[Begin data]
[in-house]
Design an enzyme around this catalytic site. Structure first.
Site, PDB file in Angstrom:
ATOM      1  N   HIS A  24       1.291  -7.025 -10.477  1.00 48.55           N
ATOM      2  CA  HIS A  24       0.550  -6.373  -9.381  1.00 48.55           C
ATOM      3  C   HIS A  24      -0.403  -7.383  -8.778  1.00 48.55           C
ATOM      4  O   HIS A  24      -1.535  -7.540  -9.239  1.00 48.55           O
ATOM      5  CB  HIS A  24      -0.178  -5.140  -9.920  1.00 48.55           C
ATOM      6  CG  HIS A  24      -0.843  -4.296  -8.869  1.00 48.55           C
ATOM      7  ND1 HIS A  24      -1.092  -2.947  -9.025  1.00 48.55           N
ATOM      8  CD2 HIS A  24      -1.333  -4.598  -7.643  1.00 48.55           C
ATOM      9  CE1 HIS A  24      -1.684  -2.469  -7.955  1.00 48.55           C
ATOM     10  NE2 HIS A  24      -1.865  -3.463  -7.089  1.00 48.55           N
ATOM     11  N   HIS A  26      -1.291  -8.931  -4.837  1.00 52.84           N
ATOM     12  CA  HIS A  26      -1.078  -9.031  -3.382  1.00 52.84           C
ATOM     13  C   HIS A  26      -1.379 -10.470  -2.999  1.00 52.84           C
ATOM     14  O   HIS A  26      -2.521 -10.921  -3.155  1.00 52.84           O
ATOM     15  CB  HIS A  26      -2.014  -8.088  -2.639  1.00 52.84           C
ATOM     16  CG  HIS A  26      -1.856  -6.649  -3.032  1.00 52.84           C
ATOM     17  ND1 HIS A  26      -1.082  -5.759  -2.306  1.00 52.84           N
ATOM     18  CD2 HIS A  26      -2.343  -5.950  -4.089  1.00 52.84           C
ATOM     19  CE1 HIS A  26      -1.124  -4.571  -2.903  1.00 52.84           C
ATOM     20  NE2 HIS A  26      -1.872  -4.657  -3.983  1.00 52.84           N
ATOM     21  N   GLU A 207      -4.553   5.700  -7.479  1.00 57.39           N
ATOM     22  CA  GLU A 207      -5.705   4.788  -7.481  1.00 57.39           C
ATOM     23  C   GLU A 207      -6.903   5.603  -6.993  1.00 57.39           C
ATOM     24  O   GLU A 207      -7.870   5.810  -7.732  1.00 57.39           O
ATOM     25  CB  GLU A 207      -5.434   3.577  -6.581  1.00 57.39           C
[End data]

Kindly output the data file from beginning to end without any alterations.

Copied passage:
[in-house]
Design an enzyme around this catalytic site. Structure first.
Site, PDB file in Angstrom:
ATOM      1  N   HIS A  24       1.291  -7.025 -10.477  1.00 48.55           N
ATOM      2  CA  HIS A  24       0.550  -6.373  -9.381  1.00 48.55           C
ATOM      3  C   HIS A  24      -0.403  -7.383  -8.778  1.00 48.55           C
ATOM      4  O   HIS A  24      -1.535  -7.540  -9.239  1.00 48.55           O
ATOM      5  CB  HIS A  24      -0.178  -5.140  -9.920  1.00 48.55           C
ATOM      6  CG  HIS A  24      -0.843  -4.296  -8.869  1.00 48.55           C
ATOM      7  ND1 HIS A  24      -1.092  -2.947  -9.025  1.00 48.55           N
ATOM      8  CD2 HIS A  24      -1.333  -4.598  -7.643  1.00 48.55           C
ATOM      9  CE1 HIS A  24      -1.684  -2.469  -7.955  1.00 48.55           C
ATOM     10  NE2 HIS A  24      -1.865  -3.463  -7.089  1.00 48.55           N
ATOM     11  N   HIS A  26      -1.291  -8.931  -4.837  1.00 52.84           N
ATOM     12  CA  HIS A  26      -1.078  -9.031  -3.382  1.00 52.84           C
ATOM     13  C   HIS A  26      -1.379 -10.470  -2.999  1.00 52.84           C
ATOM     14  O   HIS A  26      -2.521 -10.921  -3.155  1.00 52.84           O
ATOM     15  CB  HIS A  26      -2.014  -8.088  -2.639  1.00 52.84           C
ATOM     16  CG  HIS A  26      -1.856  -6.649  -3.032  1.00 52.84           C
ATOM     17  ND1 HIS A  26      -1.082  -5.759  -2.306  1.00 52.84           N
ATOM     18  CD2 HIS A  26      -2.343  -5.950  -4.089  1.00 52.84           C
ATOM     19  CE1 HIS A  26      -1.124  -4.571  -2.903  1.00 52.84           C
ATOM     20  NE2 HIS A  26      -1.872  -4.657  -3.983  1.00 52.84           N
ATOM     21  N   GLU A 207      -4.553   5.700  -7.479  1.00 57.39           N
ATOM     22  CA  GLU A 207      -5.705   4.788  -7.481  1.00 57.39           C
ATOM     23  C   GLU A 207      -6.903   5.603  -6.993  1.00 57.39           C
ATOM     24  O   GLU A 207      -7.870   5.810  -7.732  1.00 57.39           O
ATOM     25  CB  GLU A 207      -5.434   3.577  -6.581  1.00 57.39           C